Centerra shares drop despite increasing reserve estimate of major gold project
Centerra Gold (TSX:CG) was trading low on Thursday morning, after the Canadian gold miner reported a $46.8 million quarterly loss due to higher costs and severely lower production at its Kumtor mine in Kyrgyzstan.
The company’s stock was down 45 cents to $10.36 on the Toronto Stock Exchange at 10:43AM EST.
Revenue fell to $68.8 million from $278.4 million in the third quarter of 2011.
The Toronto-based miner said the third quarter loss included $19.3 million of unusual mining costs, and other operating expenses of $5.2 million for the care and maintenance of Kumtor.
While the company had substantial losses during 2012, it also offered some good news regarding a 58% reserve increase at its underground flagship mine in Kyrgyzstan.
Centerra also extended the life of the mine to 2026, adding that Kumtor’s probable mineral reserves are now estimated at a total 9.7 million ounces of gold.
The company’s gold project in the Asian country has been under public scrutiny this year as opponents claims it is a large source of pollution. They also said that Centerra Gold has used accounting deceits to lower its tax responsibilities.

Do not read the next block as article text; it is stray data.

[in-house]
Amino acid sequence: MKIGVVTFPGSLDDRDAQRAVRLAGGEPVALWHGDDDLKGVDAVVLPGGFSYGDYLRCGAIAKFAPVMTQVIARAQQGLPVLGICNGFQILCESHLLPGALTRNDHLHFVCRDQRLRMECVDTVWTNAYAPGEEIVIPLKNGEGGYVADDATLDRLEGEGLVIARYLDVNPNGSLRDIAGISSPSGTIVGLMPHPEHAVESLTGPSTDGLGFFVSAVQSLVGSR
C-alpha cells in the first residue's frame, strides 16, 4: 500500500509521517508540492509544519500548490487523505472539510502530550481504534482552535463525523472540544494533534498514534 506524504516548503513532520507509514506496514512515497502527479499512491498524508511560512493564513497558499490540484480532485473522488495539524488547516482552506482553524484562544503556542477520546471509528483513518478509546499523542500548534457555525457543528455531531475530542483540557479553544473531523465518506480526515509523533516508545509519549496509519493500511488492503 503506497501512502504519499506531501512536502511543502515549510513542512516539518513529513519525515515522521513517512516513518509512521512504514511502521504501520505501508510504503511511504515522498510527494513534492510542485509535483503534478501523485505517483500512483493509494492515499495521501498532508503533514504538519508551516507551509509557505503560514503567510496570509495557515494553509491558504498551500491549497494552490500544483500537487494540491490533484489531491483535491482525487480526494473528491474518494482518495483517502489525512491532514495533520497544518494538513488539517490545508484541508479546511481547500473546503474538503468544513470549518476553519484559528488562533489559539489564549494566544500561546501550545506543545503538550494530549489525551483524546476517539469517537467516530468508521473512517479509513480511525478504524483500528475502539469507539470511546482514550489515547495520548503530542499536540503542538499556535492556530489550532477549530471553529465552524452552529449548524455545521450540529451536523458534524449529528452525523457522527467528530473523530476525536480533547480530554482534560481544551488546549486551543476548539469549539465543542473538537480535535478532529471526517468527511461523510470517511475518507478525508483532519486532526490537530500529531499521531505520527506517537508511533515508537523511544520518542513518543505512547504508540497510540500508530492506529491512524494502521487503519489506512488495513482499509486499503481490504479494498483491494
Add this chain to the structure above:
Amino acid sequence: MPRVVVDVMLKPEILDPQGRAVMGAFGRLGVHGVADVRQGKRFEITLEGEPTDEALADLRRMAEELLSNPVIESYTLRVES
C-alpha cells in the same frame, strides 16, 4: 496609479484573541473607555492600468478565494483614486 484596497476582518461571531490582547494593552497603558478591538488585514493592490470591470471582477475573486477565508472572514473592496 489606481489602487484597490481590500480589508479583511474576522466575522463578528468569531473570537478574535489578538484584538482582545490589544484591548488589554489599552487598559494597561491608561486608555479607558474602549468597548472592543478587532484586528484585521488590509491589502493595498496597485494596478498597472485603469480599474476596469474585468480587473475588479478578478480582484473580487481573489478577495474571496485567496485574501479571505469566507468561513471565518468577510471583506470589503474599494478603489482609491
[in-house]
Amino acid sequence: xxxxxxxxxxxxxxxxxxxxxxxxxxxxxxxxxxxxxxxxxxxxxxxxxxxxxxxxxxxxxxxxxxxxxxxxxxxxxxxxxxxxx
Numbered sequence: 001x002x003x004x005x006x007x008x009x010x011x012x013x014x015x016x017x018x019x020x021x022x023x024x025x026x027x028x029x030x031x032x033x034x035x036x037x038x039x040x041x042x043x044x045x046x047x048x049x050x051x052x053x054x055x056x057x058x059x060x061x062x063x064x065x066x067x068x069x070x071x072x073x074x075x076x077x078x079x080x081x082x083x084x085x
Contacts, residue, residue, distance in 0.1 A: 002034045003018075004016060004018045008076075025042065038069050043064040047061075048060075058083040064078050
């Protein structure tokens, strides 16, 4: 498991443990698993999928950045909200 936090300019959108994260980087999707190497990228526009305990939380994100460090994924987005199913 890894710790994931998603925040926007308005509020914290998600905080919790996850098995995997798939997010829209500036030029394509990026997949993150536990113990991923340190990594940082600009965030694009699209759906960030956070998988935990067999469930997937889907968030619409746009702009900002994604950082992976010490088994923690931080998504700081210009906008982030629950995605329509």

A protest against the miner in Kyrgyzstan’s capital Bishkek turned violent in October, as demonstrators clashed with police while demanding the nationalization of Kumtor.
Centerra denies all allegations of financial wrongdoing and divulged an independent report that proves claims against its Kumtor mine are groundless.
The company is a significant employer and taxpayer in the Central Asian country and a key contributor to the Kyrgyz economy. In fact, the Kumtor open pit gold mine accounts for 60% of the nation’s industrial output and, according to the company, it is the largest gold mine operated in Central Asia by a Western-based company.
The Canadian miner was granted the license for Kumtor under Kyrgyzstan deposed leader, Kurmanbek Bakiyev, who was accused of corruption.
Since it started running in 1997, Kumtor has generated $1.9 billion for Kyrgyzstan and produced more than 8.4 million oz. of gold.
Kyrgyzstan, a land-locked country of five million people on China’s western border, has become infamous in recent years because it hosts a U.S. airbase used to support military operations in neighbouring Afghanistan.